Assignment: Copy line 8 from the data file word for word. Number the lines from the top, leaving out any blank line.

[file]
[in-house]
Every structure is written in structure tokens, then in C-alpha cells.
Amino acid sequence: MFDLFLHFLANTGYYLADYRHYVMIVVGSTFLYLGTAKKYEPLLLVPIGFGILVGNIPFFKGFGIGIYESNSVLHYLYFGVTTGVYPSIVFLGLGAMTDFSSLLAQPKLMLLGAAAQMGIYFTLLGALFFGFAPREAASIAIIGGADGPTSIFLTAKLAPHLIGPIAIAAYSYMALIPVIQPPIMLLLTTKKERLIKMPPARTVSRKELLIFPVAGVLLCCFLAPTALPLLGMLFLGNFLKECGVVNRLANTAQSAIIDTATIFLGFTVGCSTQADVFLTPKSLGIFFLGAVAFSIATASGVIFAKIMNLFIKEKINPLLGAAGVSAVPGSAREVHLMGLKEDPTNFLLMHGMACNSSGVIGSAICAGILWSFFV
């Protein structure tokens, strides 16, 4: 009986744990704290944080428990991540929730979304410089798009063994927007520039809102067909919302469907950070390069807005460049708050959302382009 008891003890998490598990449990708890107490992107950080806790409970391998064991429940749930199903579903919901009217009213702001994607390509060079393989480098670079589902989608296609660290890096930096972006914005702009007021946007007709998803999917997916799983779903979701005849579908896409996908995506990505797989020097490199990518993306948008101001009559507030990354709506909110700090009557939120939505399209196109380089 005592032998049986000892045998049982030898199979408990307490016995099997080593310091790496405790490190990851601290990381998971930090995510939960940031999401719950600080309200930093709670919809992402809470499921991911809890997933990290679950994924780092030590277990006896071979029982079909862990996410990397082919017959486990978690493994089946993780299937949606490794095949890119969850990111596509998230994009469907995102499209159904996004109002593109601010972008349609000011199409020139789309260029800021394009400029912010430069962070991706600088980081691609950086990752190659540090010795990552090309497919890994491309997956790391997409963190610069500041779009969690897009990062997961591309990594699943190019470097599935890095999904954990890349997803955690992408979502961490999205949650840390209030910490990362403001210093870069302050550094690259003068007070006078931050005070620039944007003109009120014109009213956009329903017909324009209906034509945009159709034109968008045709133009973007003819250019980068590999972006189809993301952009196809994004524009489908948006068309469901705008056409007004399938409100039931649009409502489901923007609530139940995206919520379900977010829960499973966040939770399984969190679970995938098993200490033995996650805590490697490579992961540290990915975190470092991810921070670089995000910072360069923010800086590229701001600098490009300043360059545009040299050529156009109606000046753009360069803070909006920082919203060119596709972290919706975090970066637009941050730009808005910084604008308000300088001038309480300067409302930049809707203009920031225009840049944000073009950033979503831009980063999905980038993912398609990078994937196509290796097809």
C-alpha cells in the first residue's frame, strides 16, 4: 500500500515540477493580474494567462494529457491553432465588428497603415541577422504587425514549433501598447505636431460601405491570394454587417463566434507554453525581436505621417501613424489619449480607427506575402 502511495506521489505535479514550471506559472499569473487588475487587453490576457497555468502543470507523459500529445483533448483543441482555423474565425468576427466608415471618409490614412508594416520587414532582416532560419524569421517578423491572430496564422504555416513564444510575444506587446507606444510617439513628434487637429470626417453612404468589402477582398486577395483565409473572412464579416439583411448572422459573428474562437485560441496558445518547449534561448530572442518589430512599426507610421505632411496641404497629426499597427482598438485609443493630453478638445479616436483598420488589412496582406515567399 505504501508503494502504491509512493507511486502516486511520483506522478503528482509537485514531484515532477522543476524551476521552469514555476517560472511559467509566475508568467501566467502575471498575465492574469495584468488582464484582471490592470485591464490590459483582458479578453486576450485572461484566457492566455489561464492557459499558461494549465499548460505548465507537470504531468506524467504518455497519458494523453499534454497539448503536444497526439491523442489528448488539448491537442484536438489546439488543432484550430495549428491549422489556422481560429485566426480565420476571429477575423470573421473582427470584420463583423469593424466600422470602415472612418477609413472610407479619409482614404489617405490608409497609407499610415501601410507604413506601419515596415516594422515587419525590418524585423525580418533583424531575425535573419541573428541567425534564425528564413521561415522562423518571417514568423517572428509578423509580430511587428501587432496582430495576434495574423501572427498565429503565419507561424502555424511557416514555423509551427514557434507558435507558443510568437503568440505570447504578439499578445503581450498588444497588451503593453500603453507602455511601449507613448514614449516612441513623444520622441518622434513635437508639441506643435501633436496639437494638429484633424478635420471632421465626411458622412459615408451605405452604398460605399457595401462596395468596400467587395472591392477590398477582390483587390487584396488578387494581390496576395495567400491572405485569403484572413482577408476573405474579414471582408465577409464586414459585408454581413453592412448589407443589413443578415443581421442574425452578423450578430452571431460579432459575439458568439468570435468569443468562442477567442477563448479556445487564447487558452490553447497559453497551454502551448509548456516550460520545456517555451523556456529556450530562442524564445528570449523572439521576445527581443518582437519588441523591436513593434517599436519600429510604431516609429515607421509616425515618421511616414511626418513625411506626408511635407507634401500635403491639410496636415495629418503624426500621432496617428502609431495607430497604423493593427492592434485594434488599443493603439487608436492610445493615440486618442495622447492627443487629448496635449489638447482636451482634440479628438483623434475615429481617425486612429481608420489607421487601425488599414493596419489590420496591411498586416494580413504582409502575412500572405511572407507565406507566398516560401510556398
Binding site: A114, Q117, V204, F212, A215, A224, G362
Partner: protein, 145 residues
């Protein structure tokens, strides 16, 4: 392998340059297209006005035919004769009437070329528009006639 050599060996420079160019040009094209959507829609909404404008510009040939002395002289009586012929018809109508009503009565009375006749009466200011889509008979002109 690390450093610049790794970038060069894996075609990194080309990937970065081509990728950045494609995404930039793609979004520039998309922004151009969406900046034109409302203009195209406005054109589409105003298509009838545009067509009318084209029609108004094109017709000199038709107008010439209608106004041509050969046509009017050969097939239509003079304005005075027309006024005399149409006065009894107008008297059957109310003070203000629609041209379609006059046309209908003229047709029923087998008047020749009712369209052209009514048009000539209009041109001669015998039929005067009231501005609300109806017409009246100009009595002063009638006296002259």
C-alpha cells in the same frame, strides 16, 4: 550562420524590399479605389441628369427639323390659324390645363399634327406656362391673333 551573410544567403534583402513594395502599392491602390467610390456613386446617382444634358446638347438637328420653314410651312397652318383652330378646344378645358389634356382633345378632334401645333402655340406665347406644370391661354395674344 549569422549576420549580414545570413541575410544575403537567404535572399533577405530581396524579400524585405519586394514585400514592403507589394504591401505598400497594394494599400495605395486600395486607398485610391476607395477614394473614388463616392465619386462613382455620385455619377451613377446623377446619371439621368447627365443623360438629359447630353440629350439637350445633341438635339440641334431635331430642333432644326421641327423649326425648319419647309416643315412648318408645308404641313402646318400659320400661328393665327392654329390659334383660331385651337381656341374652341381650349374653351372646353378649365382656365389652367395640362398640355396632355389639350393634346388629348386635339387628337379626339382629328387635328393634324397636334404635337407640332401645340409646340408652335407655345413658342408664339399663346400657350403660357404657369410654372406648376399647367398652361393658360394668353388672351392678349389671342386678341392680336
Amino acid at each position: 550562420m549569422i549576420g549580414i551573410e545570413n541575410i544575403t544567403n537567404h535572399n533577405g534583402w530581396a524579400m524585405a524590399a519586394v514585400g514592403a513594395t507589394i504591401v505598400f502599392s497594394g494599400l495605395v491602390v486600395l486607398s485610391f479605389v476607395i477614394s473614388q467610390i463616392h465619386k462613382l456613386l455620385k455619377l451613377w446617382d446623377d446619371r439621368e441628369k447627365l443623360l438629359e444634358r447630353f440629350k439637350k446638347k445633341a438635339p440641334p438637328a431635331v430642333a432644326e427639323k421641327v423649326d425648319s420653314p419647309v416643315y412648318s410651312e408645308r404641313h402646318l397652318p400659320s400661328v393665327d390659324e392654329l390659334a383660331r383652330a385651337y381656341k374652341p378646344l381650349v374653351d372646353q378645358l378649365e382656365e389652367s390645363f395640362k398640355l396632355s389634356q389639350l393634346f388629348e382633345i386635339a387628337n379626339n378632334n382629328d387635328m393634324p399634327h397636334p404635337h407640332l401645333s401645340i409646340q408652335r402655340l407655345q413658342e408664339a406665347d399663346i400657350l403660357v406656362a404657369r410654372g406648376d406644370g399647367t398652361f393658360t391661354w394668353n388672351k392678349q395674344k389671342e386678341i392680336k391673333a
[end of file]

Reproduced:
């Protein structure tokens, strides 16, 4: 392998340059297209006005035919004769009437070329528009006639 050599060996420079160019040009094209959507829609909404404008510009040939002395002289009586012929018809109508009503009565009375006749009466200011889509008979002109 690390450093610049790794970038060069894996075609990194080309990937970065081509990728950045494609995404930039793609979004520039998309922004151009969406900046034109409302203009195209406005054109589409105003298509009838545009067509009318084209029609108004094109017709000199038709107008010439209608106004041509050969046509009017050969097939239509003079304005005075027309006024005399149409006065009894107008008297059957109310003070203000629609041209379609006059046309209908003229047709029923087998008047020749009712369209052209009514048009000539209009041109001669015998039929005067009231501005609300109806017409009246100009009595002063009638006296002259």